This series was written a few years ago, but since Gothard has been in the news of late, I thought readers might find it interesting.
A guest post series written by Anonymous
Awhile back, Bruce requested someone who had been reared in the Bill Gothard movement write a post concerning their experience. I volunteered. After many frustrating nights of re-typing, editing and scrapping most of my rough-drafts, I think I finally hit on a post I hope will work. I thought I had re-hashed, dealt with and de-programmed myself far enough away from that experience…
But here it is again, staring me in the face; reality hits and I find myself crying in the shower. I enjoy a beautiful life-a wonderful husband, three beautiful children and a place I love in the mountains. By the world’s standards, we don’t have much but, in my opinion we have everything. Our home is full of love and good times. I’m a lucky girl! Why is it then that some days I feel so screwed?
As a child, I possessed many interests and dreamed big; there were so many things I wanted for my life. Somewhere along the way, I was presented the lie and accepted the lie that I wasn’t good enough unless I was wearing someone else’s shoes, that I couldn’t just say “yes” to what I wanted because all I heard around me were “no’s.” My world was so small, created by a know it all, religious neurotic (IMO) with alarming stories, defining my childhood with fear, obligation and guilt and given the nod by my parents who lost any sense of judgment they may have possessed and, sadly, began closing themselves off from other persuasions. Confusion and dread permeated my young adult life as I contemplated where to go and what to be, the achievable dreams of a little girl lost in an environment too good for traditional education, occupations, livelihood and culture.
I don’t remember when exactly my parents became involved in Bill Gothard and The Institute in Basic Life Principles Seminar, but if memory serves me correctly, I was probably around five or six when they attended The Basic Seminar for the first time. My parents, both children of alcoholics (COA’s), were seemingly enraptured with Gothard’s teachings from the beginning. I’ll never forget the day my mother told me she and my father did not agree with ‘everything’ Gothard taught. At eighteen, this was debilitating news. I grew up observing my parent’s devotion to the seminar and their dedication to serve in various capacities – utilizing the home education curriculum (Advanced Training Institute International) and investing our precious time, energy and finances into practicing and infiltrating our lives with Gothard’s propaganda. Never once did we sit down and discuss the seminar, nor was I ever left with the impression that my parents questioned his teachings. Why? This question haunts me still. Both of my parents are educated people. In almost every other aspect of their lives they are deliberate. It took me years to realize the smidgen of truth and common sense in Gothard’s teachings hooked them – two harshly abused and rejected adults, now with four little children, looking for answers, just wanting to ‘get it right.’ My father was a meek, kind, passive, quiet man with little to no confidence who, in his desire to feel acceptance, was driven by the approval and acknowledgement of others, simultaneously building walls around himself and our family so that we were pulled into his everlasting eager to please, becoming as a family what he never saw in himself – something to be proud of and displayed. Then, there was my mother – a child inside who was forced by circumstance to be the adult most of her life, caring for her siblings at a young age, feeling overly responsible for everyone and everything and being caught in the middle of a fantastical life that would never be realized and the cold reality of independence. Both of them, so preoccupied with separating themselves from their own dysfunctional familial experiences and the assurance that perfection was attainable, seemingly didn’t stop to consider the cost; to realize the extremism of The Institute and the futility of embracing a life of mindless rules and regulations, walls, narrow-mindedness & pain.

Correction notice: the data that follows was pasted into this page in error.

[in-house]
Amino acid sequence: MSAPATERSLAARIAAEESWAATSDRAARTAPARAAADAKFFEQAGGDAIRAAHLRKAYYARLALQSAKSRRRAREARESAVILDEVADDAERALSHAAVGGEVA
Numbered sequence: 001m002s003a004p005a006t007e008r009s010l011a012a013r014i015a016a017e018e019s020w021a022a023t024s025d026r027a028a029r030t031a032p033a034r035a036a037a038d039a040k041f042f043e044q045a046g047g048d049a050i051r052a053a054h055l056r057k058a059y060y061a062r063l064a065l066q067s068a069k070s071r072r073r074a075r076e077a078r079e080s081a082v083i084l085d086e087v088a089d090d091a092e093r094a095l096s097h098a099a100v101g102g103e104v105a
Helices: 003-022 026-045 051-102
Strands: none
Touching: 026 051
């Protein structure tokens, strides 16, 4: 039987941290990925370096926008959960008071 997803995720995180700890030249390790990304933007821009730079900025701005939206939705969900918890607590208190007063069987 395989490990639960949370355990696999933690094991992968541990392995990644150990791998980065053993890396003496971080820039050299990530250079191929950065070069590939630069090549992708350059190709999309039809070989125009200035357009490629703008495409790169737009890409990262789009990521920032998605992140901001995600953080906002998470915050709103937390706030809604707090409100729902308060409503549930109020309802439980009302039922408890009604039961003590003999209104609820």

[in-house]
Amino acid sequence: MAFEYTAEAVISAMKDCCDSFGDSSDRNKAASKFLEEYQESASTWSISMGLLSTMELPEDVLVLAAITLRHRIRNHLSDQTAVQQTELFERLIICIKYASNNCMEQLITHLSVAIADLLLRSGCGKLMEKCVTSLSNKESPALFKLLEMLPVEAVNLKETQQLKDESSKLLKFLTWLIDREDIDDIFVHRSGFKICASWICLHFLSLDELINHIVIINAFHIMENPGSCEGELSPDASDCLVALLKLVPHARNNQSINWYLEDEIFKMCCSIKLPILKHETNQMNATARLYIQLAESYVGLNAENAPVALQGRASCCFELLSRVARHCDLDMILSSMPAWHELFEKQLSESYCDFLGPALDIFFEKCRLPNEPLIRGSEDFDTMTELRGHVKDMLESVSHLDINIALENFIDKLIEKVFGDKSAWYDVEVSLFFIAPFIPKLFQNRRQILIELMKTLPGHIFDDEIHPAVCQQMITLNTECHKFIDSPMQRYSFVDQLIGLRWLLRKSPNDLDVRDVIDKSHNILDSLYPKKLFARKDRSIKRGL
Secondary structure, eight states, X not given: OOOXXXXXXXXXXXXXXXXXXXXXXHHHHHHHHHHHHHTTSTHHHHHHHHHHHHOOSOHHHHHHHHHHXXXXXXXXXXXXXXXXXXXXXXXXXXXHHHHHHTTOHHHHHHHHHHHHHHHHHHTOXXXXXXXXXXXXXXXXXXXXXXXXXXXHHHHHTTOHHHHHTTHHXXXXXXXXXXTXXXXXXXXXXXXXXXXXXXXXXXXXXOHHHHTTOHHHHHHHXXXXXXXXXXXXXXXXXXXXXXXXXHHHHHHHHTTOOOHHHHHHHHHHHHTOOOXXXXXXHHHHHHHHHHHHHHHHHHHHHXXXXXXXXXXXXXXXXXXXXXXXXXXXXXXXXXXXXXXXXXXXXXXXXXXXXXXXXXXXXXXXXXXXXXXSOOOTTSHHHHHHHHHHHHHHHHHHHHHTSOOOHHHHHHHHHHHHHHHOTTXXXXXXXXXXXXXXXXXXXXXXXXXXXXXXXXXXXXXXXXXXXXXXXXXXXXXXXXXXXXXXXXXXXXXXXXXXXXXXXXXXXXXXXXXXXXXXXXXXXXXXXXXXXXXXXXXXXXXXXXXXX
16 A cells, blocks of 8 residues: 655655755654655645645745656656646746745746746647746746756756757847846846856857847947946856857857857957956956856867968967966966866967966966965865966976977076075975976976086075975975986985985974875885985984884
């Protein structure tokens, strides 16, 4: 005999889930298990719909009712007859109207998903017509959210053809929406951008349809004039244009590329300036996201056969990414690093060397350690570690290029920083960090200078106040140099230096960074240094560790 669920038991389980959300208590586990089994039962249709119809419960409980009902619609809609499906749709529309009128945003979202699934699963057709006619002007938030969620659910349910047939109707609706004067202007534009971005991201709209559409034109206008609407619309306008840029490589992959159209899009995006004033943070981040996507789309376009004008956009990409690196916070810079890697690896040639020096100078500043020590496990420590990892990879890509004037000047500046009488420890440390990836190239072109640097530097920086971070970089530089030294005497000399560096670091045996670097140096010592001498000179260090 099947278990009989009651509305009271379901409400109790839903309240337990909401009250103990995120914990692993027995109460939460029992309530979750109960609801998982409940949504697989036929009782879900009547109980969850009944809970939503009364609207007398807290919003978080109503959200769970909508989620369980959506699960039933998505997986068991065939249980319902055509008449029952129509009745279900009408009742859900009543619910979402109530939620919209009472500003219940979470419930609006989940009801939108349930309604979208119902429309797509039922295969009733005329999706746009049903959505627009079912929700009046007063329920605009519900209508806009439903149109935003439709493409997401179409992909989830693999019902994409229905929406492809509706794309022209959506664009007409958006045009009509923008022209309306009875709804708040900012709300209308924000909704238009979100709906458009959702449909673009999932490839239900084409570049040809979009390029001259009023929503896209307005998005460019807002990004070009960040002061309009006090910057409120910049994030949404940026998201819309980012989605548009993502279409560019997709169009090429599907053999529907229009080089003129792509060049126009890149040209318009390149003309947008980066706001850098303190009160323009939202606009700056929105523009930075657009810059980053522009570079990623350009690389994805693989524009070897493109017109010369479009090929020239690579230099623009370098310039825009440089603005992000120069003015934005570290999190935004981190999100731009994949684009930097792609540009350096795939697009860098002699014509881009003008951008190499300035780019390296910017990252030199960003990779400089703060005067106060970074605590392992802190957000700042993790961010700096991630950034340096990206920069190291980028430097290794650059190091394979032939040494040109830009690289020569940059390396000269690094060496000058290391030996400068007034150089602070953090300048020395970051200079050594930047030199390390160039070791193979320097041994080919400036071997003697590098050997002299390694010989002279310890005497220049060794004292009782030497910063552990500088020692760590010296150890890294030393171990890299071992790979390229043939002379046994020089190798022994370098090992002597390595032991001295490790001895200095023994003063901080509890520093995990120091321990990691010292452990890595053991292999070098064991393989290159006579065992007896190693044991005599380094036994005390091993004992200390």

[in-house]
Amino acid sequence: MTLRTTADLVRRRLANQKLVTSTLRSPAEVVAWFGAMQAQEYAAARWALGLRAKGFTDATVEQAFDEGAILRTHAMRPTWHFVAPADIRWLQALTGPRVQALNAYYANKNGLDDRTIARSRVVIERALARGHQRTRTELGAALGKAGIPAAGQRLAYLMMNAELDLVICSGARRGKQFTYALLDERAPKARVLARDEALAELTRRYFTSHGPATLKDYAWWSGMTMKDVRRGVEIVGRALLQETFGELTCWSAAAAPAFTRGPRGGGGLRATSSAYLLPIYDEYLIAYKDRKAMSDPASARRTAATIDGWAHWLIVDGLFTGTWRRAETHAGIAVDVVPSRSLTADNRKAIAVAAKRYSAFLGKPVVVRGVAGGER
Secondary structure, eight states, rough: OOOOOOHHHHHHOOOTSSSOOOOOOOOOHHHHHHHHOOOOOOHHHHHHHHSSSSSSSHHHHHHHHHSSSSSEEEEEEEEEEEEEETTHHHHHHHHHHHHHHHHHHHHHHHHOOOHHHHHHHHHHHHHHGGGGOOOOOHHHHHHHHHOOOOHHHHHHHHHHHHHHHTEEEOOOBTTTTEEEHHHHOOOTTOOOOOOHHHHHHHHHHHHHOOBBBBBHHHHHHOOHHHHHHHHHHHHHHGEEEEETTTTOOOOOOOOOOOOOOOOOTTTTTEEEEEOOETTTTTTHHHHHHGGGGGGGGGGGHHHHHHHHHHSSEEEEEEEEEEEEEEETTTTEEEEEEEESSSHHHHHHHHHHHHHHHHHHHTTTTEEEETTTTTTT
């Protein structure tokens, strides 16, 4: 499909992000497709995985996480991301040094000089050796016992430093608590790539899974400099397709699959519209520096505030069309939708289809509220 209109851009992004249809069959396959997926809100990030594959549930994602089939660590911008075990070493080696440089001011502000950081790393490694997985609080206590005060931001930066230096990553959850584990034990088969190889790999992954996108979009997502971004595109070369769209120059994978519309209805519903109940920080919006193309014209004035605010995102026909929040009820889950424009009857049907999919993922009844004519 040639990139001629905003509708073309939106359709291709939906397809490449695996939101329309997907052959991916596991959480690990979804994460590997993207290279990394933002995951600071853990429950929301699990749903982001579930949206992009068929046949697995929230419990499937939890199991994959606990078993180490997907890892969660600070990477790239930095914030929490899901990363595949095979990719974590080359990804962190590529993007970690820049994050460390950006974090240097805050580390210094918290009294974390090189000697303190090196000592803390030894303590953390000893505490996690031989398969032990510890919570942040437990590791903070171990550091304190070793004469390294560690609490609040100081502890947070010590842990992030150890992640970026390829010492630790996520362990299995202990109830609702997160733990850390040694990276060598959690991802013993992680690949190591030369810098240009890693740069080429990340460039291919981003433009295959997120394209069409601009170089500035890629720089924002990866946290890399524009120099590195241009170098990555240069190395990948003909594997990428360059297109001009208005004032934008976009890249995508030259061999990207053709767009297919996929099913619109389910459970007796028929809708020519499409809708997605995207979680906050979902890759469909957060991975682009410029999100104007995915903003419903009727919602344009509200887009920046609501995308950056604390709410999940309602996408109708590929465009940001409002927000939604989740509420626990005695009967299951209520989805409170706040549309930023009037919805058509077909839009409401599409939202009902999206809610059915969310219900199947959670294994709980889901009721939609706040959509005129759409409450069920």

Finished with my cry fest for the evening, here I sit – a computer on my lap and a college catalog lying next to me on the coffee table. Friday, I have an appointment with a career counselor. I’m desperate. I want her to tell me what ‘I want to do when I grow up’. I’m 36. I should have some idea of what makes me happy, what makes me tick, what I can do, where I can go…but I don’t. I thought I knew myself. The first 23-years of my life were spent listening to what I was ‘supposed’ to be, marry & love; what not to wear, to listen to, to dream or imagine and what not to believe or read or think. I lived in a surface level world where looking the part and acting the part was everything and allowing people close enough to see your warts non-acceptable. The false confidence I assumed as a result, not wanting my weaknesses to hang for the world to see, lost its grip on me four years ago when I became a mother – the one task, pleasure, challenge and gift that is unequivocally mine and I’m left wondering if anything else I’ve experienced thus far is completely genuine – some relationships, conversations, ideas & intentions. For 13-years I have been sorting through the good and bad of my childhood; the childhood of my parents and what triggered their seemingly unfeigned attentiveness to Gothard – an articulate, crafty peddler who insulted their intelligence with a product of unrealistic hopes and twisted truths he himself had never even sampled.
I think I’m beginning to understand why I’ve felt so screwed.